Evaluations of a Low-Intensity, Symptom-Guided Pilot Intervention for Spousal Caregivers of Patients With HF
What are patient and caregiver responses to a low-intensity intervention designed to engage caregivers in management of commonly experienced symptoms in heart failure (HF), including depressive symptoms, pain, breathlessness, and fatigue?
A qualitative design was employed to assess patient symptoms using a modular approach by which patients and caregivers were given one of the four symptom (depressive symptoms, pain, breathlessness, or fatigue) modules of their choice to use and evaluate relative to their personal needs. Interviews were conducted to evaluate the usability and acceptability of the symptom-management modules as well as caregiver engagement in symptom management. Patient and caregiver interview narratives were content analyzed, categorized, and themed.
The sample consisted of 22 participants (15 patients and 7 caregivers). Most patients were white men, aged 65-80 years, who were veterans and had a high school education. All caregivers were patients’ wives. Patients and caregivers were highly interested in the intervention; however, many had difficulty implementing the low-intensity symptom management modules, especially those who were enrolled during hospitalization. Within this context, three very interesting findings emerged. First, patient-caregiver relationship characteristics affected perceived value of the intervention, including enhancing needed communication about HF. Second, timing and structural factors were crucial for successful implementation of the intervention. Although interest was high among patients approached by investigators, those who were enrolled while hospitalized delayed implementing the intervention and reviewing and using the module and, as such, were unprepared for initial investigator interviews. Third, patients who were confident in their ability to control their health and believed their symptoms were modifiable valued the intervention.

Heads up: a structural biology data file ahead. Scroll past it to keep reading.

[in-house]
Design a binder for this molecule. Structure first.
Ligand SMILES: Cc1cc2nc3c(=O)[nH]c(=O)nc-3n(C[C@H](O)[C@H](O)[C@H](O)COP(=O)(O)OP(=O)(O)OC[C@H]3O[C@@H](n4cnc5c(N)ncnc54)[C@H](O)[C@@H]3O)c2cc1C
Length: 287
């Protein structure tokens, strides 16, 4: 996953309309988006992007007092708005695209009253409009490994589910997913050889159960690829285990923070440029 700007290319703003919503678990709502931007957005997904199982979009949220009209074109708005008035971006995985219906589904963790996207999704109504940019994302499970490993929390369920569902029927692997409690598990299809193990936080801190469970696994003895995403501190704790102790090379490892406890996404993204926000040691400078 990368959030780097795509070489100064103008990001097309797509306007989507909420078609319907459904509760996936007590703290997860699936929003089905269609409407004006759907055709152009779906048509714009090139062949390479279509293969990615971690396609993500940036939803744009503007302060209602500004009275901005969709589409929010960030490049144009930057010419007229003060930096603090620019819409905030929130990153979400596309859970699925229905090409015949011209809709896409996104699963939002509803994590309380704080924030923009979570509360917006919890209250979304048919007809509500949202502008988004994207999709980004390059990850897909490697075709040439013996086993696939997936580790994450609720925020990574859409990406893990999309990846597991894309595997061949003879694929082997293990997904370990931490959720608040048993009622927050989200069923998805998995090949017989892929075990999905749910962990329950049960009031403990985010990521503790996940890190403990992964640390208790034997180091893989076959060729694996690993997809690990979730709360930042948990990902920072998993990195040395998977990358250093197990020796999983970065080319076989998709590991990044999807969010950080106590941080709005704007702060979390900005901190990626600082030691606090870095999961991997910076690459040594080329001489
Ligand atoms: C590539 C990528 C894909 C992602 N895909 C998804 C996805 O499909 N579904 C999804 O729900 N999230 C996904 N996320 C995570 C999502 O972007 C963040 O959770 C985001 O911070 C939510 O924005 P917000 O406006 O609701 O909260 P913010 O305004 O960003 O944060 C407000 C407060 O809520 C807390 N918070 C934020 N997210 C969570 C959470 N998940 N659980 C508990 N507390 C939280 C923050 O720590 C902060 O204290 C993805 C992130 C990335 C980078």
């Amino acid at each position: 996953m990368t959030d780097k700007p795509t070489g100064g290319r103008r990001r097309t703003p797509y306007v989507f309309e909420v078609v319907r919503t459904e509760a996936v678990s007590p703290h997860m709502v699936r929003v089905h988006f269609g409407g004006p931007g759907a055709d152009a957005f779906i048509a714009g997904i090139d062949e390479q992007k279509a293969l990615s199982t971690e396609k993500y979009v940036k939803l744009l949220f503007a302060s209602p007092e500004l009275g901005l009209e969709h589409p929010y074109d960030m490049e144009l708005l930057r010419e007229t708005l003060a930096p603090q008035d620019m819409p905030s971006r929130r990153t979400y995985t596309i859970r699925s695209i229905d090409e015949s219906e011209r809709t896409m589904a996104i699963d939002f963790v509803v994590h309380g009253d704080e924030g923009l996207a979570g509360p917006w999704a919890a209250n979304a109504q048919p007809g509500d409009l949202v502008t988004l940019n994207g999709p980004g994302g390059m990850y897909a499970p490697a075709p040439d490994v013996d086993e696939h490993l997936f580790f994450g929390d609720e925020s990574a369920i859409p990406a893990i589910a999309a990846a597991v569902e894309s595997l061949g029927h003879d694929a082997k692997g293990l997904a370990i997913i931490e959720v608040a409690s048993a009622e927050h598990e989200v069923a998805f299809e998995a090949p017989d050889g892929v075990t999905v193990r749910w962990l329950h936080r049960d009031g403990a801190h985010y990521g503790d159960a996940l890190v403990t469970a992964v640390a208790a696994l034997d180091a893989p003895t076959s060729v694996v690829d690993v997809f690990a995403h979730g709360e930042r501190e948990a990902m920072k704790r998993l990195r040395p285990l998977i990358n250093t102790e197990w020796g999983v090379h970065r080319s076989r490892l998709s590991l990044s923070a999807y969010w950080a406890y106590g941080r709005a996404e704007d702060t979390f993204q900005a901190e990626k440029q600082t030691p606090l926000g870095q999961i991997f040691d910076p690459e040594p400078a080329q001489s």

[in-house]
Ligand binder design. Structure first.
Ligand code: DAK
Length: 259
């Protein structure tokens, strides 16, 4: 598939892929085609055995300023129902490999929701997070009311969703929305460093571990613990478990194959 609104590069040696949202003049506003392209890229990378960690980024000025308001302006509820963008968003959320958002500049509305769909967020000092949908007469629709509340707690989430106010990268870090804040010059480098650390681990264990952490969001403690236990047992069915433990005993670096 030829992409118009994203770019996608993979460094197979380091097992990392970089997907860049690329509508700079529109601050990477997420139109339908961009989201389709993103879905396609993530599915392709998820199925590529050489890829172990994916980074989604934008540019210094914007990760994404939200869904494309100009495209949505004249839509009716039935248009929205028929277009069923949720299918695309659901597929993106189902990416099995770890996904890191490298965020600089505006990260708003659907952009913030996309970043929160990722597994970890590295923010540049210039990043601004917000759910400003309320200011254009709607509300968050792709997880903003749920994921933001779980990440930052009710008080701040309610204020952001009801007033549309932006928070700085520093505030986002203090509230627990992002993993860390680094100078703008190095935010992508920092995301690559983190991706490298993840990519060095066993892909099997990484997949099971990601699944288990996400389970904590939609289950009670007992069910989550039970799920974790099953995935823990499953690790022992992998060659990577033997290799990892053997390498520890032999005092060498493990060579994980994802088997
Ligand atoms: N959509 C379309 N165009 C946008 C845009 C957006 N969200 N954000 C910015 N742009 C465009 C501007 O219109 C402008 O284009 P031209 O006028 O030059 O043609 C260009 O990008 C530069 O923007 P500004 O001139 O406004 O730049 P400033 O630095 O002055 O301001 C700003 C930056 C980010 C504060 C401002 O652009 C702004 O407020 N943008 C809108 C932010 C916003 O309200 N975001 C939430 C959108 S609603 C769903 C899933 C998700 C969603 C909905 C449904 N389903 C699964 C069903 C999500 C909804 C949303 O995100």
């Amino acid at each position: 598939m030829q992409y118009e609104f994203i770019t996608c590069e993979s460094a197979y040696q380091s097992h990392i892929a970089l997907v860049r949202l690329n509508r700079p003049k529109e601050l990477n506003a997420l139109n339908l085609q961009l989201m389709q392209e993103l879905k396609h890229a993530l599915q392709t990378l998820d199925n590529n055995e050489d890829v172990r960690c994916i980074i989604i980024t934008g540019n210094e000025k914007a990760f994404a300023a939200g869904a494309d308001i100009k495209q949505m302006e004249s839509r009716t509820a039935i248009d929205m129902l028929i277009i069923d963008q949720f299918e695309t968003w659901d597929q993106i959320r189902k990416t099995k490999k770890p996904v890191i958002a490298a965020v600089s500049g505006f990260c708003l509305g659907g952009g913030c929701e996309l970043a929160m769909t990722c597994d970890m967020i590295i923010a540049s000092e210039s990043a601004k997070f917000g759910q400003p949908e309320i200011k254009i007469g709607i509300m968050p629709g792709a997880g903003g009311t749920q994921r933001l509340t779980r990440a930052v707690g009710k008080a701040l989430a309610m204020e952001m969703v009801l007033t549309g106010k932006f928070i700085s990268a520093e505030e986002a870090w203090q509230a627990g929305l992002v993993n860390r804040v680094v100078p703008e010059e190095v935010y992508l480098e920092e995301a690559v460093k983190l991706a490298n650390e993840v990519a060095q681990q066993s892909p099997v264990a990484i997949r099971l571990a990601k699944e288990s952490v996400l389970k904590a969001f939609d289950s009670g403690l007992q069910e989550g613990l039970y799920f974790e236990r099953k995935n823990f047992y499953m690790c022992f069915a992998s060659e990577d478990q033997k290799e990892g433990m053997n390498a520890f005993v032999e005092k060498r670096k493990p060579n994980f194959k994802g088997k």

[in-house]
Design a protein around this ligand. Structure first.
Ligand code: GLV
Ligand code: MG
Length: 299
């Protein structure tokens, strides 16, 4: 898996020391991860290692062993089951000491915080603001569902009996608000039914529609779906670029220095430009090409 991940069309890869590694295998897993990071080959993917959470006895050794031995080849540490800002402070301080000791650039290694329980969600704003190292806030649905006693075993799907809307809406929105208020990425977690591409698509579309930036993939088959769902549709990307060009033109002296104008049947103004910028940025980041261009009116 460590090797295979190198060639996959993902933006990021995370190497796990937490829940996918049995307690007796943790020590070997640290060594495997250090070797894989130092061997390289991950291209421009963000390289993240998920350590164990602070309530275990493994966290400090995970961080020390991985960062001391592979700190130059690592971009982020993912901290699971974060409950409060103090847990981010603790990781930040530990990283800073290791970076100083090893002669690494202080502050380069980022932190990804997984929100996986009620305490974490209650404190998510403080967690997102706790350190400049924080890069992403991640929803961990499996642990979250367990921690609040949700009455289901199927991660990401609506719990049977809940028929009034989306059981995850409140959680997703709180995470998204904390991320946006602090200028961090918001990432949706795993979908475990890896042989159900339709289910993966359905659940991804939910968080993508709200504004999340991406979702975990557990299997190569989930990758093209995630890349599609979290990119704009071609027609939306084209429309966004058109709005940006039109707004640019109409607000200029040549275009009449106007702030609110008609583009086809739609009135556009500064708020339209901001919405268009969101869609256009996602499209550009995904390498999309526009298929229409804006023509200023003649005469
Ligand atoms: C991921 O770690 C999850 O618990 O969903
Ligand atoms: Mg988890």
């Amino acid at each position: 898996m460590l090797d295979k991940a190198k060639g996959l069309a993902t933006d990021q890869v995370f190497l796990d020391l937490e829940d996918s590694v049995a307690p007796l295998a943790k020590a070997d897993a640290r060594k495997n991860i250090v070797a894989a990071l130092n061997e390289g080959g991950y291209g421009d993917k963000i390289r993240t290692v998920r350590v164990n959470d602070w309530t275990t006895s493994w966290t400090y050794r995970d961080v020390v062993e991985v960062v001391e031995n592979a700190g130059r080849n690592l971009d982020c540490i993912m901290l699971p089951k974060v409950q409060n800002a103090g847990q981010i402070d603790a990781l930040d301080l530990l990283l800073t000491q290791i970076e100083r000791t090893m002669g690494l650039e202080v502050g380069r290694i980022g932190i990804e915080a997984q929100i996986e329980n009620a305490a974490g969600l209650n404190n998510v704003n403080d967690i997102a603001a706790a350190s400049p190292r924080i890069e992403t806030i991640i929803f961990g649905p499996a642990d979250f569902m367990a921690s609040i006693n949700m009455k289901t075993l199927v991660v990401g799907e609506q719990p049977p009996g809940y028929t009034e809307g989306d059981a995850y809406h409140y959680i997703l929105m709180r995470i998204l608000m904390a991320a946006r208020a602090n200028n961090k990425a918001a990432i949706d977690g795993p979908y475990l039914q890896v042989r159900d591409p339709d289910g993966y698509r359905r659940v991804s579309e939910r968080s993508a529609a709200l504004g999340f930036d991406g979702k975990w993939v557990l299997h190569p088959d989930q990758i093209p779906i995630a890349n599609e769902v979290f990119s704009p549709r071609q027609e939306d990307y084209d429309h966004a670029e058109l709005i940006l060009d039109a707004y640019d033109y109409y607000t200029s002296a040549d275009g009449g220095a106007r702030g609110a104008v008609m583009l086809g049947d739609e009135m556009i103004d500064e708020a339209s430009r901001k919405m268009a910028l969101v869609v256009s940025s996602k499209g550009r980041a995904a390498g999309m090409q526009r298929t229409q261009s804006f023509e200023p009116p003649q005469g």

Like a three-legged stool, all three aspects needed to be equally present for intervention success. The lack of follow-through by both patients and caregivers despite their high degree of interest in the intervention might be related to patients’ severity of illness, especially soon after hospital discharge. Further study on patients’ perceived control over their illness is needed to determine the value of symptom-management interventions and caregiver engagement.
In this study, the length of time patients had lived with a HF diagnosis ranged widely (i.e., 2 months to 40 years). This range might, in part, account for the variability in interview responses among patients and caregivers. In addition, most patients who were enrolled during a HF hospitalization delayed implementing the intervention, possibly because they were too sick and tired to do so during the post-discharge period. Further testing of the three main findings of this study with a larger and more heterogeneous sample is needed; however, this study is an important step in identifying home-based strategies that patients and caregivers can use to alleviate symptoms and avoid deteriorating health and hospitalization.
Keywords: Caregivers, Depression, Dyspnea, Fatigue, Heart Failure, Hospitalization, Pain, Palliative Care, Patient Discharge
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